Sarah Schaet - Medicine in Tanzania
While attending university, I wanted to make the most of my long summer breaks and do something meaningful. I had done a project on Tanzania at a young age and always wanted to travel there.
After researching online I found Projects Abroad and was thrilled to find out they had medical internships in Tanzania. Being on a pre-medicine track at school, I knew I wanted to spend my summer gaining experience in the medical world. Projects Abroad led me to one of the greatest summers of my life so far.
Arriving in Tanzania
After fundraising for several months, preparing my body with vaccines and enduring a long flight I arrived in Dar es Salaam, Tanzania. I chose to work in Dar because of the opportunity to volunteer at a government teaching hospital, Mwanayamala Hospital. I found the city very busy and overflowing with people.
The Projects Abroad office staff member who picked me up in the middle of the night from the airport showed me my first real impression of Tanzanians: welcoming. My host family welcomed me in with open arms and treated me like an honored guest. I would come to enjoy walking home from work to spend the afternoon playing games with my host sisters and feeling like they were my own relatives. Though I did experience a good bit of culture shock, my host family and the staff of Projects Abroad helped me feel at home quickly and comfortably.
My Medical Placement
I knew I wanted to spend the summer making a lasting impact in Tanzania and learning as much as possible about medicine. Through my internship, I learnt more in the two months I was there than in the three years I have spent at university. Having the long placement was definitely the key in this. I was placed to rotate in each section of the hospital for two weeks at a time. However, if I felt uncomfortable or unable to learn in a certain ward, I was free to change my schedule with the supervisor.
I started my rotation in the Major Theatre, Surgery. I had hoped to go through my placement with more understanding of what specialty I would like to choose as a doctor and my time in the Major Theatre revealed my interest in becoming a surgeon. While in this ward I was able to assist in many procedures after countless hours of watching surgeries. The important thing about this was I was very respectful of the surgeons and their knowledge, asking many questions and following them where ever they went.
Over time, they began to ask me to assist them in small things and trusted me to aid them in their work. The other wards were much like this, I asked a lot of questions and followed a doctor around as they led me through their work.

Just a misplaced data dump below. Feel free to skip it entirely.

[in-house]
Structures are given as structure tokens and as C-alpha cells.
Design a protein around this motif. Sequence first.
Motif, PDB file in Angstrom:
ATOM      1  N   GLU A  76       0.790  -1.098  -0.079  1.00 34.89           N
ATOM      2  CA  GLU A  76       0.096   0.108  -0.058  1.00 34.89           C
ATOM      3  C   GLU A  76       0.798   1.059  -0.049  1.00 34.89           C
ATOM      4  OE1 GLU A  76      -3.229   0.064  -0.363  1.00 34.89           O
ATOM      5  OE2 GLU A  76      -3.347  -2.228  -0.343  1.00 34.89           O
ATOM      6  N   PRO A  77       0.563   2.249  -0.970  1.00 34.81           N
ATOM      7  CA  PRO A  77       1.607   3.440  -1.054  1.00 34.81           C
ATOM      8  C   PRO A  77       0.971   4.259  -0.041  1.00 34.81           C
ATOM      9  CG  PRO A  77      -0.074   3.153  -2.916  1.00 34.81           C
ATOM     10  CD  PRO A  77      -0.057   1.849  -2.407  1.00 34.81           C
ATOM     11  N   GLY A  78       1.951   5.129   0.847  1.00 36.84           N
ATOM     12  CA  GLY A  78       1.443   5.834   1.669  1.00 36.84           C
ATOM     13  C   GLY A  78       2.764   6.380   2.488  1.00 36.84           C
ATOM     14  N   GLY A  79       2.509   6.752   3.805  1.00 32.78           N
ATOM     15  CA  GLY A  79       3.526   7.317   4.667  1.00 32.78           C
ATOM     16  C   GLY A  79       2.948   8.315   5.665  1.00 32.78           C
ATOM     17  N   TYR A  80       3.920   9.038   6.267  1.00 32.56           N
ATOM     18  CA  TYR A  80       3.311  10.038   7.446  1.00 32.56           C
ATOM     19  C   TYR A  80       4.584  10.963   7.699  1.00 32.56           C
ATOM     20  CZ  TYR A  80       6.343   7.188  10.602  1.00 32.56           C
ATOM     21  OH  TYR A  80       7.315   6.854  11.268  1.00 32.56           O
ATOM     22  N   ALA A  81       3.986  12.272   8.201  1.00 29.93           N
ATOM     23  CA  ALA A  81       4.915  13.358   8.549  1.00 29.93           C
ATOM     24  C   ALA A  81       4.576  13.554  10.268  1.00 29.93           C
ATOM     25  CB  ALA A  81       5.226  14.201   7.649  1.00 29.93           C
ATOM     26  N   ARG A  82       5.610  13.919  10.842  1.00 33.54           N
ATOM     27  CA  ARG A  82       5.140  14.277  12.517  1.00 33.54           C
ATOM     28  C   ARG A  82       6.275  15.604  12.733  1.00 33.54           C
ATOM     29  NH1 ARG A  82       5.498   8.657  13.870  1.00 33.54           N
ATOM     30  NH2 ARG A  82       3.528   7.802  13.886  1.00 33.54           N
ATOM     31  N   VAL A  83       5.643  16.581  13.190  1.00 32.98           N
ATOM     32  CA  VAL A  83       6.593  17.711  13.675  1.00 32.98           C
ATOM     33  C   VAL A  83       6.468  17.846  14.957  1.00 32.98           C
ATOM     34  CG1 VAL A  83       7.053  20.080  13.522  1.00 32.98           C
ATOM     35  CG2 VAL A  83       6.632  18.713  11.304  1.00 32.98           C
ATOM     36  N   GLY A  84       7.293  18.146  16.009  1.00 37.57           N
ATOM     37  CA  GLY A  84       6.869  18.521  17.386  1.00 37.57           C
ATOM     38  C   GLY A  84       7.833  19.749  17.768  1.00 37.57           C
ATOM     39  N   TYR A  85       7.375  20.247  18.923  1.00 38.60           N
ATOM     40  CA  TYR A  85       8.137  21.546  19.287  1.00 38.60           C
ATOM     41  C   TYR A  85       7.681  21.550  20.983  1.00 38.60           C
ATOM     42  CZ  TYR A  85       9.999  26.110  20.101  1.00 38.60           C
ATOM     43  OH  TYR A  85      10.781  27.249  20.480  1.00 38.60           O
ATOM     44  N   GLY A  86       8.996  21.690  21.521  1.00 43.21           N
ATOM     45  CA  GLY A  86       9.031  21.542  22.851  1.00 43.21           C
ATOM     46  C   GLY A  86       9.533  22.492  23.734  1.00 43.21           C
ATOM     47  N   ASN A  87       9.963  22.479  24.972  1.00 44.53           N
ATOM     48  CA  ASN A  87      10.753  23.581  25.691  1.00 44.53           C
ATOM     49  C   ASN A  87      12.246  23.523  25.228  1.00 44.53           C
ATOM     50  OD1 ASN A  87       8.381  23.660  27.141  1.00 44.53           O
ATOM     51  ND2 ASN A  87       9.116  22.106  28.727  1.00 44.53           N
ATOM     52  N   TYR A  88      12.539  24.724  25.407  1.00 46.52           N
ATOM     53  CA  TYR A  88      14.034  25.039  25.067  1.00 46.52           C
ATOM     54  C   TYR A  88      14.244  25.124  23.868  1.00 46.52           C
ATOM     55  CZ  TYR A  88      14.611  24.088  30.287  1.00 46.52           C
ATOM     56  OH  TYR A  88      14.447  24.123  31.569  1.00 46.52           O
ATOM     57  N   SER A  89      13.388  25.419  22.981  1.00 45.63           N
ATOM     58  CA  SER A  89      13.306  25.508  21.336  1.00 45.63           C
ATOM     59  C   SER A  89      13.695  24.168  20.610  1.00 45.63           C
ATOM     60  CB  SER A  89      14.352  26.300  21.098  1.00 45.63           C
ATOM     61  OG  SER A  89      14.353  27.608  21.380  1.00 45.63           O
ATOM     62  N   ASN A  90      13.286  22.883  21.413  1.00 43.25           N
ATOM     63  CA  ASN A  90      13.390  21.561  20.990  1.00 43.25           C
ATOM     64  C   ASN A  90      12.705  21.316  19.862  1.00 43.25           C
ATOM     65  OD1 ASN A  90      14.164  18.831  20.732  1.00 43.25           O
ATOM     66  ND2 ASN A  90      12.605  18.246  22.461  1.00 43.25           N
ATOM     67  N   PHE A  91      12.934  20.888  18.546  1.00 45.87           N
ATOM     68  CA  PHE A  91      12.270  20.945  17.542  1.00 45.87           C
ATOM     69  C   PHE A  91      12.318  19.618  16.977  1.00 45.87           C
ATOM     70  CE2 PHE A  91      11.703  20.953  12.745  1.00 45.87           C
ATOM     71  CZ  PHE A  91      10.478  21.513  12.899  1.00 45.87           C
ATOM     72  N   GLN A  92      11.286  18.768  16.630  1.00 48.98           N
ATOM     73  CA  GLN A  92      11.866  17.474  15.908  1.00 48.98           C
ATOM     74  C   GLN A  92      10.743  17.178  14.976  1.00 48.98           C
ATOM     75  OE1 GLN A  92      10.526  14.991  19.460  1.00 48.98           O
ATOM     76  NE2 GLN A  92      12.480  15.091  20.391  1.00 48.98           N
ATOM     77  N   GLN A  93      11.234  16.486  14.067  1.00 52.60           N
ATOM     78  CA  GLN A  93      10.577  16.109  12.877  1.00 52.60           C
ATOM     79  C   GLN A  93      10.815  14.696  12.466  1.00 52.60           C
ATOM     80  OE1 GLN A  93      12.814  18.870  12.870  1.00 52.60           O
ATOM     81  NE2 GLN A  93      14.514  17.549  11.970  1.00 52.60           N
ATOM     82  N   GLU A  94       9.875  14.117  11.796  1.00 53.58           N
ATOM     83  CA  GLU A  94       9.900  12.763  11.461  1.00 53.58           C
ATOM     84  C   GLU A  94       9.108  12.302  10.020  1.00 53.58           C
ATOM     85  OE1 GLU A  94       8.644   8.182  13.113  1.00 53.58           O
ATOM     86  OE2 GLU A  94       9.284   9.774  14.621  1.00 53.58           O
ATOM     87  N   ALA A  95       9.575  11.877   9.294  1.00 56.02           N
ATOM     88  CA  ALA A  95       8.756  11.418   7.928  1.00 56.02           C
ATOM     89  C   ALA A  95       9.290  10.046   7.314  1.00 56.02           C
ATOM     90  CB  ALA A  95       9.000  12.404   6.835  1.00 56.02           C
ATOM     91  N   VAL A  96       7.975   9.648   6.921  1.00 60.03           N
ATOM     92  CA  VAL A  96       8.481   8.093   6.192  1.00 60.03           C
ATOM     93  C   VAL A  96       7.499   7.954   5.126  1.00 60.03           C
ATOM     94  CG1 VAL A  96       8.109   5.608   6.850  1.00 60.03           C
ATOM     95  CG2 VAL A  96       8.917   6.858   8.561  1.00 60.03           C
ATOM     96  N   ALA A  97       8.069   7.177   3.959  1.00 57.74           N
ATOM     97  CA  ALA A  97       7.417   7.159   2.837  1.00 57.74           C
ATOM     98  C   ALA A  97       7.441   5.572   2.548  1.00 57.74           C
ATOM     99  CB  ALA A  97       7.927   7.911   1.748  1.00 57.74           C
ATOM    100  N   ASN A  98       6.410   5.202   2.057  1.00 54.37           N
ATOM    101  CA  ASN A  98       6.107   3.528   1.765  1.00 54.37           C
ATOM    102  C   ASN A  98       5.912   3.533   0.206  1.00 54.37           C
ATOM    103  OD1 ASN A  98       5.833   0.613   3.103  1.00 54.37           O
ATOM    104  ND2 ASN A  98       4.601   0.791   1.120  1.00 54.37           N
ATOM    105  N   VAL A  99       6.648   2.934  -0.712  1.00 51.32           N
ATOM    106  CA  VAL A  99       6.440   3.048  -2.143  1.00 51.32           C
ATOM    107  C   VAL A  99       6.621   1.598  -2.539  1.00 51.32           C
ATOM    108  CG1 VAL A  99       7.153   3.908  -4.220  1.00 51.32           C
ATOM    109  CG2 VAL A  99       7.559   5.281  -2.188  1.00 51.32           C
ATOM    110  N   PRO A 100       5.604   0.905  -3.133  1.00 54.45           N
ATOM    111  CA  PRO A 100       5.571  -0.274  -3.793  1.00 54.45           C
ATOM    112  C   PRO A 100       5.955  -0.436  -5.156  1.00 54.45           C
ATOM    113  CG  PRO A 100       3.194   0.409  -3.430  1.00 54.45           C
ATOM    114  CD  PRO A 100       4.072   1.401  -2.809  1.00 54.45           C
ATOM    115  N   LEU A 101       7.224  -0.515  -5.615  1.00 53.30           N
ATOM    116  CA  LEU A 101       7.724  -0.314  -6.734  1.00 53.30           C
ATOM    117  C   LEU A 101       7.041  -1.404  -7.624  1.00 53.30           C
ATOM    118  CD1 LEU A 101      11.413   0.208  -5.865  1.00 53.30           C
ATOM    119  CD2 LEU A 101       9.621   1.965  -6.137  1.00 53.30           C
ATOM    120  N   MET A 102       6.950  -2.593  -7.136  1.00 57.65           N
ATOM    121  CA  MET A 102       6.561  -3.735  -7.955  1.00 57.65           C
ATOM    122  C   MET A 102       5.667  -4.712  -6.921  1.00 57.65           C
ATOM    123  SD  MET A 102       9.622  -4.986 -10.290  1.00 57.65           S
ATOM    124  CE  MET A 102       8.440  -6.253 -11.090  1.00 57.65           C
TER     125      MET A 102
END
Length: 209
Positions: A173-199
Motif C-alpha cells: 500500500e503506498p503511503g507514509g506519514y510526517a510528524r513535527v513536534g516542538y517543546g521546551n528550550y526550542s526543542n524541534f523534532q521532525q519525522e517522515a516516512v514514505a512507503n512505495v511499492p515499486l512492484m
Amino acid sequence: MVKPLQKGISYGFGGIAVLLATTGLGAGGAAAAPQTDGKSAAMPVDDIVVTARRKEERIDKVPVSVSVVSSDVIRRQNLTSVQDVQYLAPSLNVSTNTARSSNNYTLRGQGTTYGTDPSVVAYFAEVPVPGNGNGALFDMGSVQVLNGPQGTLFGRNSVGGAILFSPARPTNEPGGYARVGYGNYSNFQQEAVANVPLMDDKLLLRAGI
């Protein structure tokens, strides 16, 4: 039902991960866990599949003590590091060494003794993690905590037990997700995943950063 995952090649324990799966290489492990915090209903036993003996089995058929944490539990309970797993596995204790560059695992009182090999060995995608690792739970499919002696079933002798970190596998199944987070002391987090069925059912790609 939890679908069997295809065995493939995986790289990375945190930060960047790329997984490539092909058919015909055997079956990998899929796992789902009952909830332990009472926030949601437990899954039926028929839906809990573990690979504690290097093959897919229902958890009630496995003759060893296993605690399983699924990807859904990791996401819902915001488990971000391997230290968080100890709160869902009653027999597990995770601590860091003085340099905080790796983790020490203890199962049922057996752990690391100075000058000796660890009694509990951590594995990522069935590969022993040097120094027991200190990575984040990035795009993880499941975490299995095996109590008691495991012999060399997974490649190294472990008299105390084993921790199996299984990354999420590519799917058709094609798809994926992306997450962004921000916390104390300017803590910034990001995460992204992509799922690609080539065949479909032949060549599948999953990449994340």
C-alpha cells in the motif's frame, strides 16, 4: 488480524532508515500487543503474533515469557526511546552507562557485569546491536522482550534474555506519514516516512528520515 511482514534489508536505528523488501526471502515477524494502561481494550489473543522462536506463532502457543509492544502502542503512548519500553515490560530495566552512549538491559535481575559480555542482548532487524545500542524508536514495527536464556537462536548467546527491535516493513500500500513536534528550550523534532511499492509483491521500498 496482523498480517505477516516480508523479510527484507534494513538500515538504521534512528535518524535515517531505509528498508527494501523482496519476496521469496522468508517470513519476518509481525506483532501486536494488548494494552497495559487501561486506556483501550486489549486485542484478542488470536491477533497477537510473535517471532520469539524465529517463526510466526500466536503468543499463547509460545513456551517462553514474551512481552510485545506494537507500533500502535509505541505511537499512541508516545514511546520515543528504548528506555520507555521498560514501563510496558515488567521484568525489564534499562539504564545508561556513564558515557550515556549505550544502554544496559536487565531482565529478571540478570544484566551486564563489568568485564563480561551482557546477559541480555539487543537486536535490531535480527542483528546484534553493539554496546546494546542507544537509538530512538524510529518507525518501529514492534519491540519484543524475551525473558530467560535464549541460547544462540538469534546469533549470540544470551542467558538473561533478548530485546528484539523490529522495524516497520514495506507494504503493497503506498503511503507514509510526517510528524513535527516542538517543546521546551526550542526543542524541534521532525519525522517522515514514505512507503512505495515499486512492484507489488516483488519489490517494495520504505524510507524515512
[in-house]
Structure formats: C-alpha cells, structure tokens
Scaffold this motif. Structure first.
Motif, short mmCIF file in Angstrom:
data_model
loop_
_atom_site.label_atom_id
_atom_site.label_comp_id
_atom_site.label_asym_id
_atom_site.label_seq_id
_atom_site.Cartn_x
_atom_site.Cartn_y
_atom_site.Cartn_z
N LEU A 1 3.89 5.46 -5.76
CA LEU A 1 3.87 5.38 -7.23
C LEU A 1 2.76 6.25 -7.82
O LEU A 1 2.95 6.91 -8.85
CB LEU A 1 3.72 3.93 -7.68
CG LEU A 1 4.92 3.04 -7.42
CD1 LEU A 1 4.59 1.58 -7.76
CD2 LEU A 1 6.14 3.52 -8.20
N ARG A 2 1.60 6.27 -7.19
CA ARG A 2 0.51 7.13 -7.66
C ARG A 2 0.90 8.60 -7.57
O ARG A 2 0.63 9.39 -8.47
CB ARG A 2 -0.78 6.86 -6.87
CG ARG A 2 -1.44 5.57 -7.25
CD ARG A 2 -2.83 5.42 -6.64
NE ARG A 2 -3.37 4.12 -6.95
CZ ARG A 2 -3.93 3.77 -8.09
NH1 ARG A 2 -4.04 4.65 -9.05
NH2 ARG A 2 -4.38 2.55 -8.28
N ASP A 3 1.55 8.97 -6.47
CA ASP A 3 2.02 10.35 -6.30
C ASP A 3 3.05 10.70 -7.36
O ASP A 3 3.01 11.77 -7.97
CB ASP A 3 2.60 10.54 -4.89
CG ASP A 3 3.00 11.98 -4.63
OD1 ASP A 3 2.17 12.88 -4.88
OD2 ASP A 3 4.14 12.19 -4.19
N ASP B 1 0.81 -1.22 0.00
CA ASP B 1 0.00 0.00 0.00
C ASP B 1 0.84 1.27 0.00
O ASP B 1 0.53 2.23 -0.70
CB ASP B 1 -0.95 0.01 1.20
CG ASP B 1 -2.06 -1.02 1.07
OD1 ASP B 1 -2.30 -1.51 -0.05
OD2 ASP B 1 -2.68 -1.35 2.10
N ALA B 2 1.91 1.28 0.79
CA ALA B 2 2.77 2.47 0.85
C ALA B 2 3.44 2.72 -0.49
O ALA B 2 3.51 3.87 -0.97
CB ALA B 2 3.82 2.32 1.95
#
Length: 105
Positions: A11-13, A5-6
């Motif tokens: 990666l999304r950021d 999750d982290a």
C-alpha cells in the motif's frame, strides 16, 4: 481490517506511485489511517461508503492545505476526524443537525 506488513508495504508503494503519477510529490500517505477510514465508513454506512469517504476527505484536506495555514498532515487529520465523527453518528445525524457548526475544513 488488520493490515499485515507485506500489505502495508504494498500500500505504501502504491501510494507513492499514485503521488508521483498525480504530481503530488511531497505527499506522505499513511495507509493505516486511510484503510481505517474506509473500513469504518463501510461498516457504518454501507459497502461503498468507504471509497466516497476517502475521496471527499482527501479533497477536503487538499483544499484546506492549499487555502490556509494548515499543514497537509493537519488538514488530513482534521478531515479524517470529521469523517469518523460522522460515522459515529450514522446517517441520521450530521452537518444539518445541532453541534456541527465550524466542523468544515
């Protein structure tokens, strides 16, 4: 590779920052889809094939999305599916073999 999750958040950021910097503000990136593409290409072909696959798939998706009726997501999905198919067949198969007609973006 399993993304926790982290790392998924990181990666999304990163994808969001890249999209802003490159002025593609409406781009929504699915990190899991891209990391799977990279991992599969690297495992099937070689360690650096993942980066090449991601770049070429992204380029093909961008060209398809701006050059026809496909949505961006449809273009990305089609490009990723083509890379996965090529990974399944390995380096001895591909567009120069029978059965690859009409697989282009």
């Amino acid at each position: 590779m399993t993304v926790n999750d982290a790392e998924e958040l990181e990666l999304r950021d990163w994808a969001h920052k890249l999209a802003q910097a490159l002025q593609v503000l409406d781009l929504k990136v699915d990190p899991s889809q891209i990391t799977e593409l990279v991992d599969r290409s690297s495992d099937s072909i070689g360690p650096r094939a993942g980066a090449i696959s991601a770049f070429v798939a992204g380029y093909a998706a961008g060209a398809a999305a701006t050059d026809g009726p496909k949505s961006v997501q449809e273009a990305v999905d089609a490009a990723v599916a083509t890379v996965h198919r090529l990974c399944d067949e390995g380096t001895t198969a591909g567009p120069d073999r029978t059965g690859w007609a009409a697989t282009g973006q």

The hospital and the time I spent there was a life changing experience and taught me a great amount of patience. There were times when I felt useless and wasted and there were other times I felt like I had so much going on at one time I didn’t have enough arms to do it all. But this is the truth about medicine and the reality of working in a hospital setting.
My lasting impression of Tanzania had a lot to do with who I got to share it with. I didn’t know a single person going at the same time as me but through the planned social outings and working with the other volunteers I became best friends with many people.
I was shocked at how many different countries were represented by the various volunteers. During my time there were a few girls from Norway and Sweden, a couple from France, a few British volunteers, and a lot of Danish people. I was lucky that I also had an American roommate who worked at the hospital with me. We walked to work together and shared our down time with our host family. It was nice to have someone who understood my cultural background there with me.
The weekly socials were some of my favorite nights. We played volleyball and walked around the markets. On the weekend you could find almost all the volunteers lounging at a beach resort together.
Besides socials we had other planned activities for all of the volunteers called work days. We got to go on two work days, one was a building day where we helped repaint an orphanage and another was a medical day where we got to help do physicals on children at an orphanage.
I was very fortunate to be able to go on a four day safari with seven other volunteers while in Tanzania. While I did not have the funds to go to the Serengeti, there are tons of other smaller national parks with almost all of the same animals at lower prices.
We found a company through one of the past volunteers and the cost was very reasonable. Our guide led us a few hours out of Dar to Mikumi National Park. The first day we went on a game drive and saw zebras, giraffes, elephants, impala, wildebeest, and hippos. The best was when we were about five feet from a group of elephants.
This experience was the cherry on top to my experience and watching the sun set over the plains of Africa will be my lasting memory of the summer that changed my life forever.
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